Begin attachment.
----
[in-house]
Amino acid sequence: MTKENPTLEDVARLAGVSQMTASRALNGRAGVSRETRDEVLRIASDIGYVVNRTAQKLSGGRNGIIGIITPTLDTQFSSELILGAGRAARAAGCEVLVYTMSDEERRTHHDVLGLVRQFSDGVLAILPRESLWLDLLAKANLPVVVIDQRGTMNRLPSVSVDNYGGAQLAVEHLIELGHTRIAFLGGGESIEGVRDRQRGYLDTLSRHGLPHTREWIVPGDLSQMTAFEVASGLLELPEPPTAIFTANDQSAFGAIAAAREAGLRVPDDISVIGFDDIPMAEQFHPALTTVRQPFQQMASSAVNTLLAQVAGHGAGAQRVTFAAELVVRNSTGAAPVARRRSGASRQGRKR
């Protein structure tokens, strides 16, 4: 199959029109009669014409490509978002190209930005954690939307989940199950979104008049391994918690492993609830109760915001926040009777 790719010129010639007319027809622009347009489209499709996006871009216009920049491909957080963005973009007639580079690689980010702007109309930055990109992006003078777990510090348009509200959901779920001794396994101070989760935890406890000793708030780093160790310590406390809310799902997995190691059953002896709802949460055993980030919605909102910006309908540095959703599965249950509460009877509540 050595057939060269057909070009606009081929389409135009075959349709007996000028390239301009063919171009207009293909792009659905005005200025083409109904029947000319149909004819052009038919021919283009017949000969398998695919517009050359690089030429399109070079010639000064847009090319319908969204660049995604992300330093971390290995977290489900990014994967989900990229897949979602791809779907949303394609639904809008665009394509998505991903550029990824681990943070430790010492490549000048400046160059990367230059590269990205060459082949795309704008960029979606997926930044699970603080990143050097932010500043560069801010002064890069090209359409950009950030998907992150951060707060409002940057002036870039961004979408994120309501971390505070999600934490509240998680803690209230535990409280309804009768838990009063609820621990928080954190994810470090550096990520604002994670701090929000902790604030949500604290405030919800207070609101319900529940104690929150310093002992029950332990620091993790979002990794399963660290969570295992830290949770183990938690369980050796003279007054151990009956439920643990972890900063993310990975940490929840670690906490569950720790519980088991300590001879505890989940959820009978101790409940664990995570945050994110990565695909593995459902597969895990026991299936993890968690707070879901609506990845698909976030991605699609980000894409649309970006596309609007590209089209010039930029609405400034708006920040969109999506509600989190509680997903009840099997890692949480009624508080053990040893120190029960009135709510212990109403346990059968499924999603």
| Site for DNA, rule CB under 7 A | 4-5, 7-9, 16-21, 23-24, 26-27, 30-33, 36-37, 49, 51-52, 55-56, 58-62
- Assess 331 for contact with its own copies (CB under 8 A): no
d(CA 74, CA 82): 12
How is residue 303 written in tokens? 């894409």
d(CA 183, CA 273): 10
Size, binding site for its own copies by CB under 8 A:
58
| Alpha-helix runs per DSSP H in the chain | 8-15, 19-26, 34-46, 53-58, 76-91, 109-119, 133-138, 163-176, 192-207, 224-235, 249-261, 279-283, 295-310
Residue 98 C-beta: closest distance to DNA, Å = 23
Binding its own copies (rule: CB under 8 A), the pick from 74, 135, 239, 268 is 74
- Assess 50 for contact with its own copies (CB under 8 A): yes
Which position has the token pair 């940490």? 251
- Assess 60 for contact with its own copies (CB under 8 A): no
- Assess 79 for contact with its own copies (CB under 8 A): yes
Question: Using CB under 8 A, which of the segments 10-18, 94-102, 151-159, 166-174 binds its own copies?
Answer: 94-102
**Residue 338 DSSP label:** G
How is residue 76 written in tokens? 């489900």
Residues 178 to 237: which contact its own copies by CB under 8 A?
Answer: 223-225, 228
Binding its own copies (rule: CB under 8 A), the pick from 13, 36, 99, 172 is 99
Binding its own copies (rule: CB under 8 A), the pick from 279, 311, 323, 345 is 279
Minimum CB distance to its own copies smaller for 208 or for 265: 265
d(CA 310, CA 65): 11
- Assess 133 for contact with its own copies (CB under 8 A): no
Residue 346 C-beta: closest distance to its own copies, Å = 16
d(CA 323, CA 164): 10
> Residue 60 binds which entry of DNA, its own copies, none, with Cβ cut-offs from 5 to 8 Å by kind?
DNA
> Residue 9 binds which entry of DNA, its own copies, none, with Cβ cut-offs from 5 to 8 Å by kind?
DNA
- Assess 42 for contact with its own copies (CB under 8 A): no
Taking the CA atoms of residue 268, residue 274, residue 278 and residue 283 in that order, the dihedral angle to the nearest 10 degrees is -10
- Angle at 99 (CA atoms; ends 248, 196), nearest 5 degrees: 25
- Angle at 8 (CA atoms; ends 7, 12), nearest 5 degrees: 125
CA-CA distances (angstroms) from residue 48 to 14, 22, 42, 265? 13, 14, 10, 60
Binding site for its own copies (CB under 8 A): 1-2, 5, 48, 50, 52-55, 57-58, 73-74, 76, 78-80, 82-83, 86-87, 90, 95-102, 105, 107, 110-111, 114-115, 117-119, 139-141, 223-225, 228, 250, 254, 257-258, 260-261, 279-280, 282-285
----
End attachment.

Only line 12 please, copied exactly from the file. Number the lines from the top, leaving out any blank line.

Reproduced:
Residue 98 C-beta: closest distance to DNA, Å = 23